The government is to extend the Solicitors Regulation Authority’s (SRA) powers to demand information from solicitors and firms beyond money laundering matters to economic crime more generally.
It is being added to the Economic Crime and Corporate Transparency Bill currently going through Parliament.
At the moment, the SRA has the power to require firms to provide it with certain documents ahead of inspections it carries out in relation to money laundering.
However, approximately 3,200 law firms and sole practitioners are not covered by the Money Laundering Regulations.
Otherwise, the only way the SRA can force firms to hand over information and documents is by issuing a notice under section 44B of the Solicitors Act 1974. But this is only used where necessary for the purposes of an investigation, rather than a routine inspection, even if the firm has been targeted on a risk basis.
A briefing the Ministry of Justice published yesterday said this gap “means that the SRA cannot effectively practise proactive checks, and therefore risk-based regulation, across the whole of its regulated community”.
It went on: “The crisis in Ukraine has shone a light on the exposure of professional services sectors to economic crime. The legal services sector was assessed in [HM Treasury’s] national risk assessment of money laundering and terrorist financing (2020) as at a high risk of abuse for money laundering purposes.
“The sector is also exposed to further-reaching risks such as fraud or breaches of sanctions legislation. We need to ensure that legal services regulators have the powers they need to tackle economic crime.”
As a result, the government is introducing a new power so the SRA can “proactively request information from all regulated individuals, licensed bodies and firms within its regulated community, in relation to economic crime”.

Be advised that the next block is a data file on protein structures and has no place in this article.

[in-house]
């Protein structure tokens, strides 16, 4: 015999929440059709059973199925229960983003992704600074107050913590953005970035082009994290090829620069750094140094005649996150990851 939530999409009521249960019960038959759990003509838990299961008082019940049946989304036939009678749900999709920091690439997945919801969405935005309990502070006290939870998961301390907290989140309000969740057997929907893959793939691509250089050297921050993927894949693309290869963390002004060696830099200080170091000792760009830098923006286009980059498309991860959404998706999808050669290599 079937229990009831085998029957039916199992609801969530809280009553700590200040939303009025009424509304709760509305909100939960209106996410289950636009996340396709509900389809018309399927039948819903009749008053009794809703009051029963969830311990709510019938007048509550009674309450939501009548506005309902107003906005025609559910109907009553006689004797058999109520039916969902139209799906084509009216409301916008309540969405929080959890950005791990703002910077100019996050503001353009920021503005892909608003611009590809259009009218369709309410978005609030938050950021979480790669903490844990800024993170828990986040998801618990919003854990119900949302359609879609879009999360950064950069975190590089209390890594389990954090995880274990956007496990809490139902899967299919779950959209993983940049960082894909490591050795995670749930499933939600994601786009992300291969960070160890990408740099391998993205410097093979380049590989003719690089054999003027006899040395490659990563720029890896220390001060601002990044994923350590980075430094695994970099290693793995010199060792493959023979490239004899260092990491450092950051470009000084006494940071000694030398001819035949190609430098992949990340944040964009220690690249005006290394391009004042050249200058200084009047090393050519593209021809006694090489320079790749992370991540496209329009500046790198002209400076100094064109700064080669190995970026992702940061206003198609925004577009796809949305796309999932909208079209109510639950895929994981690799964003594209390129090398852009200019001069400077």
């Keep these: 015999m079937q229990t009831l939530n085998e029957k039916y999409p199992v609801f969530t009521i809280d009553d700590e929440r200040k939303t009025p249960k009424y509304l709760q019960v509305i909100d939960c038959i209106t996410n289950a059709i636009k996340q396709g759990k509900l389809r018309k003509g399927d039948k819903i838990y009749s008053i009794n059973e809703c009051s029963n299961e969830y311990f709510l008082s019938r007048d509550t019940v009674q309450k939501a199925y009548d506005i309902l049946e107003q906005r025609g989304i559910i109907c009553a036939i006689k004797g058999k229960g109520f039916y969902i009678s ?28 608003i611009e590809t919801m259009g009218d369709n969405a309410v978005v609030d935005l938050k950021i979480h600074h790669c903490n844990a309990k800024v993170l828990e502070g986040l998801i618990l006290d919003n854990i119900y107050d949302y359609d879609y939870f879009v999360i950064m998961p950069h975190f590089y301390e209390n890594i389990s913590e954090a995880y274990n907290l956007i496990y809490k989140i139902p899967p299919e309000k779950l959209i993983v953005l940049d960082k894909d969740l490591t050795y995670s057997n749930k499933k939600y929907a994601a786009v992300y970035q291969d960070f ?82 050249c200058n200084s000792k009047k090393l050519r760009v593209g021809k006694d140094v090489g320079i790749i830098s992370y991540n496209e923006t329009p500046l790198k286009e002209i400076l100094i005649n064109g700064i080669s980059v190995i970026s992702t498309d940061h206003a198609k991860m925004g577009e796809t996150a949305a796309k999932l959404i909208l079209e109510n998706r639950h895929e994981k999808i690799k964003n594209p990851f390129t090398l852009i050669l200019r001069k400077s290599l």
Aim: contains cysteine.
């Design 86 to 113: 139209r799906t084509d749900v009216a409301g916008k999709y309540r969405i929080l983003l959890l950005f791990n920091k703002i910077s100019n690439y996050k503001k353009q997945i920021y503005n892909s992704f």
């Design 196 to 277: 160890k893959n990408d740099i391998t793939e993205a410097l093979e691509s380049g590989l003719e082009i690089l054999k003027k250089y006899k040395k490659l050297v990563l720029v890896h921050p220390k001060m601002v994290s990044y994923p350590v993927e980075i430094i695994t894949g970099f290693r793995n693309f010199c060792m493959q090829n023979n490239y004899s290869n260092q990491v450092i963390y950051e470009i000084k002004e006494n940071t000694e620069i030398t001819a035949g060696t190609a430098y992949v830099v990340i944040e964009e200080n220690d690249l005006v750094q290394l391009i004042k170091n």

It went on: “This will ensure that the SRA has the necessary proactive information request powers to fulfil its obligations to effectively oversee and enforce the deterrence and detection of economic crime.
“This will enable effective risk-based regulation and better targeting of the SRA’s monitoring and enforcement work in relation to economic crime.”
The SRA had no comment on the move.
The bill also gives the SRA unlimited fining powers in cases of economic crime and introduces a new regulatory objective for the Legal Services Act 2007 – affecting all of the regulators – that will require them to promote the prevention and detection of economic crime as a distinct priority.
The SRA issued guidance last year about money laundering-related inspections that sets out the documents it requires firms to provide no less than 21 days in advance.
These include the firm’s AML risk assessment, policies and procedures, training records and a list of fee-earners who undertake work within scope of the regulations along with a matter list.